In general, the severity of the grayanotoxin poisoning depends on the amount ingested and the concentration of grayanotoxin ingested may differ greatly from case to case. Initially animals will experience a burning sensation of the mouth that should discourage most from continuing to ingest the plant. This is most often followed by hypersalivation, vomiting, diarrhea, muscular weakness and impaired vision. Luckily grayanotoxins are metabolized and excreted rapidly, so animals that may have only consumed a small amount will generally begin to feel better within hours, and heart rate and blood pressure usually return to normal within 2–9 hours, and full recover can be expected in 24 hours.
If larger amounts are ingested, in addition to the above symptoms; dyspnea (air hunger or rapid shallow breathing), depression, and prostration (extreme exhaustion, or lack of energy or power) may develop, and death may occur within 1-2 days. Ruminant animals will often bloat. Aspiration pneumonia can also develop secondary to vomiting as food, liquids, vomit, or fluids from the mouth may be breathed into the lungs or airways leading to the lungs. Bradycardia, hypotension (caused by vasodilation) and atrioventricular block are serious cardiovascular effects that may develop and can be lethal.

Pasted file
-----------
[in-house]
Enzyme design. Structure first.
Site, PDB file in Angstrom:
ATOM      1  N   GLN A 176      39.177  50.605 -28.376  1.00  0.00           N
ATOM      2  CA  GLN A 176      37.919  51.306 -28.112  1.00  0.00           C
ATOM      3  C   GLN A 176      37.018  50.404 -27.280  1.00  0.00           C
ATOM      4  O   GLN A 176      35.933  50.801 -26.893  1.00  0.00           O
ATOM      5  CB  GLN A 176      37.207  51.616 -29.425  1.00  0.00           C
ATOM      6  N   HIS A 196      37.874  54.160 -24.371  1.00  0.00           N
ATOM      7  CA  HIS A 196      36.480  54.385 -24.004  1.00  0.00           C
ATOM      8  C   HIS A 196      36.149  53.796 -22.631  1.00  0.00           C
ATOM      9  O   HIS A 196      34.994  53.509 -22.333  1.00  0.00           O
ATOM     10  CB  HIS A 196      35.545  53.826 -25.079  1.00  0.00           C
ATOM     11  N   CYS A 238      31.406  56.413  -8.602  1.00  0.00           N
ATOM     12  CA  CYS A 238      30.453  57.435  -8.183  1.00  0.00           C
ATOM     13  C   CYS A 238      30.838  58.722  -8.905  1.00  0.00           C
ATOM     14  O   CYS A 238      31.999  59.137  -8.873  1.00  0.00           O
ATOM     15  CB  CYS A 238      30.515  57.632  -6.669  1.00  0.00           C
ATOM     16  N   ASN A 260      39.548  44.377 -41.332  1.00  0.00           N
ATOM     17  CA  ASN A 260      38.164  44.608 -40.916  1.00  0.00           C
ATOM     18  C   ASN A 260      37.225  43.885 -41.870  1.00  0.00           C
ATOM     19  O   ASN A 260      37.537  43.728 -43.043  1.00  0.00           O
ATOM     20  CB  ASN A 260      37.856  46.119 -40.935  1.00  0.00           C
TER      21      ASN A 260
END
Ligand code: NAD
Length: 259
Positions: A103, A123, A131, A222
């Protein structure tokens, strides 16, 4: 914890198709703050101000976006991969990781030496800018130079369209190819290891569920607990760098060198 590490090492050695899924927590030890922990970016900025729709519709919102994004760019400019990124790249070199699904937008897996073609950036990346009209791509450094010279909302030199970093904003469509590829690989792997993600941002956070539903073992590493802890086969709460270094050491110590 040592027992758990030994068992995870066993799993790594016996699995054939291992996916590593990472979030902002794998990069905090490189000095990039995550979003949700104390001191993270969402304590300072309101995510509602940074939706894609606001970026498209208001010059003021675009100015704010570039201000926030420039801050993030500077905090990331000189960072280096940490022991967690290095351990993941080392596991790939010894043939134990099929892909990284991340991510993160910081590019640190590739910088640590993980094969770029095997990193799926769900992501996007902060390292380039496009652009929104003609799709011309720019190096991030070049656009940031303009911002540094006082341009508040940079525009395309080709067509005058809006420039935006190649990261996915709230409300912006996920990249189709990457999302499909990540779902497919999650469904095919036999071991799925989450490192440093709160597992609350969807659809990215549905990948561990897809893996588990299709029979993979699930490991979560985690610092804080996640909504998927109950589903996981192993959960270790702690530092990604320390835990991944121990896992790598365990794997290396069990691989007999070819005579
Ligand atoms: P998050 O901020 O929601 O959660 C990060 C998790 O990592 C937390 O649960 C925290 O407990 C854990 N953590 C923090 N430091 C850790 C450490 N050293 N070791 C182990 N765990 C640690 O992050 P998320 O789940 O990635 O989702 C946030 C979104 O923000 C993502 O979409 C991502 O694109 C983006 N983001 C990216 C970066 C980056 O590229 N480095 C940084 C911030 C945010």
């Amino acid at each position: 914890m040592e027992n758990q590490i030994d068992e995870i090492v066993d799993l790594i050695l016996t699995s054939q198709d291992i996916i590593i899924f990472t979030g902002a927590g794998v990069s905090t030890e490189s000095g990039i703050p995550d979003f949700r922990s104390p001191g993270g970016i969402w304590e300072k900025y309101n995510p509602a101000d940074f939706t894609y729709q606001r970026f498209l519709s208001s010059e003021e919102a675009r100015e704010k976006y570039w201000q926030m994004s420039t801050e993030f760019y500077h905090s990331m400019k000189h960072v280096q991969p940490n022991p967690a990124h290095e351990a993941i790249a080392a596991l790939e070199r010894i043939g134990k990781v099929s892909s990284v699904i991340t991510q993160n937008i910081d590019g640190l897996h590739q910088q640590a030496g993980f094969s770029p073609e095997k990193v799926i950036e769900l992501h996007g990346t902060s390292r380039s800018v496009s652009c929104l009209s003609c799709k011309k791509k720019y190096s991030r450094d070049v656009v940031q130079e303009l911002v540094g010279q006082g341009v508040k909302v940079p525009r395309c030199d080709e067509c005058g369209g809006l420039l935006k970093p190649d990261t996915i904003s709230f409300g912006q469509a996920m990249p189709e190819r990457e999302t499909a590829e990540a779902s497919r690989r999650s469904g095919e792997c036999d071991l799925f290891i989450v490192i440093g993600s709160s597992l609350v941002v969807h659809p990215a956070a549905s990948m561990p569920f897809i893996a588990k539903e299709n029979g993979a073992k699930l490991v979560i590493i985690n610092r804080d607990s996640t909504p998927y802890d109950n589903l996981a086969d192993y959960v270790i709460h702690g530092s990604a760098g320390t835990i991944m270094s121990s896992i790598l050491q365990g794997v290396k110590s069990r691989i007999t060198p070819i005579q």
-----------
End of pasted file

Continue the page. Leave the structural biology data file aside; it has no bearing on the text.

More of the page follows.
Symptomatic and supportive therapy is the only real option. Induce vomiting when appropriate. In cases where a large amount has been ingested; activated charcoal should be administered repeatedly the first day. Respiratory support and fluid replacement therapy may also be necessary. For severe bradycardia atropine is recommended. Sodium channel blockers (e.g., quinidine) or isoproterenol may be used to treat heart block. In severe cases, the prognosis is guarded as the animal may make an improvement or may become comatose and die. Prevent further ingestion of the plant and consult a veterinarian.